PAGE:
Do I love all of my children the same?
An age-old question maybe, but a question that has to be addressed sometimes. My answer to the question is no, I do not. I love them all differently.
They are loved as differently as are their unique personalities, as differently as their own needs and wants, as differently as their individual talents and gifts, as differently as their personal dreams and desires.
But I love none more than another, none less.
Although I write one blog, I could easily write three. Each of my children have been on multiple journeys and have had many successes, joys, challenges, and drama. They will each face much more in their lives. I am proud of each of their accomplishments as well as all of the things they have overcome.
Stories of Jess fill my blog because my blog is about Jess and the impact her joy, challenges, and needs have on our family. I occasionally include Hannah in my blog but only with her review and permission. I do not include my son in my blog because from the beginning, he has asked me not to. That is his choice and I totally respect that. So the lack of writing about him in my blog is not a reflection of my love and affection for him.
Nothing particular prompted me to write about this topic. Merely being a mother makes me want to make sure my children know how much I love them as the individuals that they always have been and always will be. I want to do it right, but I know that I have failed many times.
Raising siblings of children with autism is challenging.
Forever ago (actually, is was probably in 1994,) I bought the book “Siblings of Children with Autism – A Guide for Families” by Sandra L. Harris.
Although I don’t recall grasping anything earth shattering, it reminds me that over 20 years ago I was already searching for help. Madison would have been 3 and Hannah 1.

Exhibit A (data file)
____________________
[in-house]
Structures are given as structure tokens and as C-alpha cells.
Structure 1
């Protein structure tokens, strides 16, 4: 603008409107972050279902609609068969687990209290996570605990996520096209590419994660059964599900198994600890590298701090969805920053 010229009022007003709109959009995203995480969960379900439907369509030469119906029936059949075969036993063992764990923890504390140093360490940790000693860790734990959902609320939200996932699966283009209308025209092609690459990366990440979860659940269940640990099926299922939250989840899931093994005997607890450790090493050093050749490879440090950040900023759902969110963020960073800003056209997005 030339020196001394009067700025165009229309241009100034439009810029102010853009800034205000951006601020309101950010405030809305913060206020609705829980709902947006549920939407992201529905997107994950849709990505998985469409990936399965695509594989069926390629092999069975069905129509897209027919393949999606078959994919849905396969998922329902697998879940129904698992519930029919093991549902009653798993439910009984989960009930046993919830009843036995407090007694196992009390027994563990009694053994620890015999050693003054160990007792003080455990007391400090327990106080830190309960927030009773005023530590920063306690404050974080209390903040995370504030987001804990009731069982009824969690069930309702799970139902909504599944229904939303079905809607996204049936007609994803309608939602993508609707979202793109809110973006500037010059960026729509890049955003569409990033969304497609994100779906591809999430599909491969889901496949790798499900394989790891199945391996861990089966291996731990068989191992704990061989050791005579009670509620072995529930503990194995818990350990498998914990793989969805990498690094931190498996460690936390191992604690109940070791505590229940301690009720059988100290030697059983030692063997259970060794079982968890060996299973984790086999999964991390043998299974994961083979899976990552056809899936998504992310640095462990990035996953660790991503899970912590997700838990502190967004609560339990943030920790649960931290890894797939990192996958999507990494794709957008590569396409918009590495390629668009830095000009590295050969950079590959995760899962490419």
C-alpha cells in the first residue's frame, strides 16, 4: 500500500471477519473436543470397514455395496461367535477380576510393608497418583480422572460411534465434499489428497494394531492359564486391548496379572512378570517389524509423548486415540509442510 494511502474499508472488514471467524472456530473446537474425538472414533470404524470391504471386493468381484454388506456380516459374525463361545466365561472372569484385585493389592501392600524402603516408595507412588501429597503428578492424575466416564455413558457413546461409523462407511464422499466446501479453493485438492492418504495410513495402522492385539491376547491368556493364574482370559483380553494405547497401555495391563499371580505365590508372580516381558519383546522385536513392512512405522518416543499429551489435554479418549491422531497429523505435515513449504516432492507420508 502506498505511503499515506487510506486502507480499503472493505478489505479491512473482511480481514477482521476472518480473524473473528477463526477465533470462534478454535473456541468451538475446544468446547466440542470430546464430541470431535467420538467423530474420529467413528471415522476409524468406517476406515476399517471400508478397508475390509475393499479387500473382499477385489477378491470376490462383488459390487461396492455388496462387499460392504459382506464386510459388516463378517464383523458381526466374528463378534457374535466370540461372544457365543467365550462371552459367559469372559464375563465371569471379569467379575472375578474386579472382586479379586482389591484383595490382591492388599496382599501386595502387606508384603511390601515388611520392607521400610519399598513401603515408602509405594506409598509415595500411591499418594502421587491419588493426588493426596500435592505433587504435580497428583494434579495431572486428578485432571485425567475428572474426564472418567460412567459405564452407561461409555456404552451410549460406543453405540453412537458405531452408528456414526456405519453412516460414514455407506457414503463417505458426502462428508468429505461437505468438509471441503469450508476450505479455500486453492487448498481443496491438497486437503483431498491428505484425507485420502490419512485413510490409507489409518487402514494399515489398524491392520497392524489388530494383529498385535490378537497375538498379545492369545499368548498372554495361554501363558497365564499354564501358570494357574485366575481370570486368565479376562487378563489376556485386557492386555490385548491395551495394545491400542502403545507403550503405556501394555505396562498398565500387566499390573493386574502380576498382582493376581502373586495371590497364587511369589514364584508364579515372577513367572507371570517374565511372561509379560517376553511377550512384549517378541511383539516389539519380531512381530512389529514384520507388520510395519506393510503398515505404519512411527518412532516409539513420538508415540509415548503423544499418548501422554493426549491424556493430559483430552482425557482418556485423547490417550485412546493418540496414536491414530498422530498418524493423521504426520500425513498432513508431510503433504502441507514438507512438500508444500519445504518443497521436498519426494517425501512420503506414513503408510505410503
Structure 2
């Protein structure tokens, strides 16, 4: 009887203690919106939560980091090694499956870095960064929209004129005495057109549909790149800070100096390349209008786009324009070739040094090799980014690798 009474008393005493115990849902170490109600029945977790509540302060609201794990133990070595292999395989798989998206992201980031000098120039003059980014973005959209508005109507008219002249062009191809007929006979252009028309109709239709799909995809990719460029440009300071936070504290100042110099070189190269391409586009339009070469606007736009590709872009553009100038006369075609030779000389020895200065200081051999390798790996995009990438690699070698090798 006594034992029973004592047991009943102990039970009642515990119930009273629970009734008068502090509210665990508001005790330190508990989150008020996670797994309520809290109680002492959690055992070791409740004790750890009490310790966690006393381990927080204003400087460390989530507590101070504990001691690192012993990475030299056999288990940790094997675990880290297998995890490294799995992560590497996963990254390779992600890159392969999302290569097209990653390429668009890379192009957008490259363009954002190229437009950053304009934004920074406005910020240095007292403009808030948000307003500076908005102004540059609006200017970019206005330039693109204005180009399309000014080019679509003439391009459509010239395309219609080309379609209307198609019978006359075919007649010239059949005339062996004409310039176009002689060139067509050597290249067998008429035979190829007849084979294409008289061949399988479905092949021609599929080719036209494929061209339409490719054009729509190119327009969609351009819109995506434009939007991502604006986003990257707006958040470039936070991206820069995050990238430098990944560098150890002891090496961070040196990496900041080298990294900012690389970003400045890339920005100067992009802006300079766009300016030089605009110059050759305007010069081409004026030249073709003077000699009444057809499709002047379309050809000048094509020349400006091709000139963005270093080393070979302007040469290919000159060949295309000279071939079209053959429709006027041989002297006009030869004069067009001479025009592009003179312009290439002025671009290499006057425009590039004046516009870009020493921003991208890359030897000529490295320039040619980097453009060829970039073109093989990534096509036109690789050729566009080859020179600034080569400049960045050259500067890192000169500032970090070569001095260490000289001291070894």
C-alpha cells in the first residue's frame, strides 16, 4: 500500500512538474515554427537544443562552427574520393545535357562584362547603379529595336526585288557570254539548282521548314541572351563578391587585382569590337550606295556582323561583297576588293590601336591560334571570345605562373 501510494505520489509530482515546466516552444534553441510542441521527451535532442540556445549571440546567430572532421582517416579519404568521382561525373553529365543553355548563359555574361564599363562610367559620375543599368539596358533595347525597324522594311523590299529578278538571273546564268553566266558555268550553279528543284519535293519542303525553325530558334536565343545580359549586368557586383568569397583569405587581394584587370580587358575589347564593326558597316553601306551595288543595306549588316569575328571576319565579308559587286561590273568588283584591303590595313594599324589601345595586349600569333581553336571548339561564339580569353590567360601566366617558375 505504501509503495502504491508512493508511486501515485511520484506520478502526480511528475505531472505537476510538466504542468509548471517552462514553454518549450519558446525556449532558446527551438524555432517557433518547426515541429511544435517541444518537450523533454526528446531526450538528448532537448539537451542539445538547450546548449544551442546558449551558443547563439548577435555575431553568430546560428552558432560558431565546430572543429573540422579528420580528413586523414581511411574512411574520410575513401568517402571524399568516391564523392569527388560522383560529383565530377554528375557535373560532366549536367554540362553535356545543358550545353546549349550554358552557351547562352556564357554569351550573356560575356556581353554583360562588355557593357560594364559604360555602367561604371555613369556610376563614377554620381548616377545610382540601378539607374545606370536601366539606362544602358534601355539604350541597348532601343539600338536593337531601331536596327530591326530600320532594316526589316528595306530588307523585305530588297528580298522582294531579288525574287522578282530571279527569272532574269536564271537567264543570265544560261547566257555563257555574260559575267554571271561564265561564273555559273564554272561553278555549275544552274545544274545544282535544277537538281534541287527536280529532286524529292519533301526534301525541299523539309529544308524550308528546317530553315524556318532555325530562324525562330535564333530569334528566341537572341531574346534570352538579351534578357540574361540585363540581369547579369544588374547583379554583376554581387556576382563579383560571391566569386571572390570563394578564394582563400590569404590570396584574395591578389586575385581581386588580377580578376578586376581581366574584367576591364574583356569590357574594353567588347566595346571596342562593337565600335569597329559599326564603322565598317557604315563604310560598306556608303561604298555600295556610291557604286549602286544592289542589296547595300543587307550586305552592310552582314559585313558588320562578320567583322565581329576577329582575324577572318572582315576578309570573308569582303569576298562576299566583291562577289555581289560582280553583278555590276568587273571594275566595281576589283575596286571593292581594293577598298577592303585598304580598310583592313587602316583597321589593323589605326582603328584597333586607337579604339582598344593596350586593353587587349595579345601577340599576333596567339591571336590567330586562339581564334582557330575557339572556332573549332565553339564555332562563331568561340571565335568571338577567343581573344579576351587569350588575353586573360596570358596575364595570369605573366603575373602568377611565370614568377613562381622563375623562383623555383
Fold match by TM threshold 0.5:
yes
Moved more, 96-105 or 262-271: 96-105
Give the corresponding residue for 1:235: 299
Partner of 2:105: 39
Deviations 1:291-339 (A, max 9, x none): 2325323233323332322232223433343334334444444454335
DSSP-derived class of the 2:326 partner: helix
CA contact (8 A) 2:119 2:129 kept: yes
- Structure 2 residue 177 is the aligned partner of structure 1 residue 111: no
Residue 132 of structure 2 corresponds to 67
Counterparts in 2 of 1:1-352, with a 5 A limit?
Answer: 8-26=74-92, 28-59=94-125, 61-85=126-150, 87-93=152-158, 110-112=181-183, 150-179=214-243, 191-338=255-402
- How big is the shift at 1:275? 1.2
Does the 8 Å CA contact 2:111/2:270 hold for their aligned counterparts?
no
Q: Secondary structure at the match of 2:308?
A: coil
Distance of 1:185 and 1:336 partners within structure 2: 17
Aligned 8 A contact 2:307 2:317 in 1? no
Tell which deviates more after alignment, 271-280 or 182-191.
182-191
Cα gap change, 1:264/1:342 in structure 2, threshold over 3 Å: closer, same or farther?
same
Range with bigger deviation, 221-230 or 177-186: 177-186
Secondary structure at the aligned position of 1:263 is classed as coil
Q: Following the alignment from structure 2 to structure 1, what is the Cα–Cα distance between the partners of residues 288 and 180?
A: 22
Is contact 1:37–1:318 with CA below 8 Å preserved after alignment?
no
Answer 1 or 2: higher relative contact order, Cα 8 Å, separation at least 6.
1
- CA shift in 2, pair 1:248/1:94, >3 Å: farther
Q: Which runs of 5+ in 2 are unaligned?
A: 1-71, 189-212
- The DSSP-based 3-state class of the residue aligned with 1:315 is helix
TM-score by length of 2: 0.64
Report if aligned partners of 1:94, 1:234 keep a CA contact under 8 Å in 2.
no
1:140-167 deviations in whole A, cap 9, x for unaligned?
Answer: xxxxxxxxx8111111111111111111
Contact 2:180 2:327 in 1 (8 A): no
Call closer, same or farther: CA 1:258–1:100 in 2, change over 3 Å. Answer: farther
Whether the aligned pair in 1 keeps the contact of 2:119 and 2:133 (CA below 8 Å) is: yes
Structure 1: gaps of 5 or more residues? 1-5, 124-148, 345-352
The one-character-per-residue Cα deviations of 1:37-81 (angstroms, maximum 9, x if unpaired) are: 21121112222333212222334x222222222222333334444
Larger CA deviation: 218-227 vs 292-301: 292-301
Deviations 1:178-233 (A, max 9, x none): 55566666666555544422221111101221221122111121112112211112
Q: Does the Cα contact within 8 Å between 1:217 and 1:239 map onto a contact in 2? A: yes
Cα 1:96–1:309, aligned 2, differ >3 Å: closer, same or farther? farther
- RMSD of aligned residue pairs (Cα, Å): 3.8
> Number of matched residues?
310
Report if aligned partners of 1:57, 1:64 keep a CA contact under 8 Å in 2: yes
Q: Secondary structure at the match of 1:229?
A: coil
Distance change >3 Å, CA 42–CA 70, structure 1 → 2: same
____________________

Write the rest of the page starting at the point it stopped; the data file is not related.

“Raising a child with autism places some extraordinary demands on parents as individuals and on the family as a whole. Prime among these demands is the lack of enough hours in the day to do all one wishes. Specifically, the time involved in meeting the needs of a family member with autism may leave parents with little time for their other children.
Many parents feel that even as they do all they can for their child with autism, they are always struggling with how best to respond to the needs of the family as a whole…As a result, there is a continual tension between the needs of the child with autism and those of the other children.”
The page lists some stresses siblings may experience. These are a few that I saw in my own children as they were growing up.
Jealousy regarding amount of time parents spend with their brother/sister
Frustration over not being able to engage or get a response from their brother/sister
Being the target of aggressive behaviors
Concern regarding their parents’ stress and grief
Concern over their role in future caregiving
The Good News
According to the document Sibling Perspectives: Guidelines for Parents, research shows siblings frequently mention positive outcomes from growing up with an autistic sibling.
The Autism Society reports while growing up as the sibling of someone with autism can certainly be trying, most siblings cope very well. And that while having a sibling with autism is a challenge, it is not an insurmountable obstacle. Most children handle the challenge effectively, and many of them respond with love, grace and humor far beyond their years.
I am so proud of my children. Especially Madison and Hannah. They have grown into intelligent, wonderful, loving, kind, and compassionate adults. Madison has found himself, accomplished great things, and is still on an incredible journey of discovery and learning. Hannah has proven she is a survivor, a wonderful person and incredible caregiver, and is on a journey of discovering where she wants to go from here.
TO MY CHILDREN:
Robert Munsch (Love you Forever)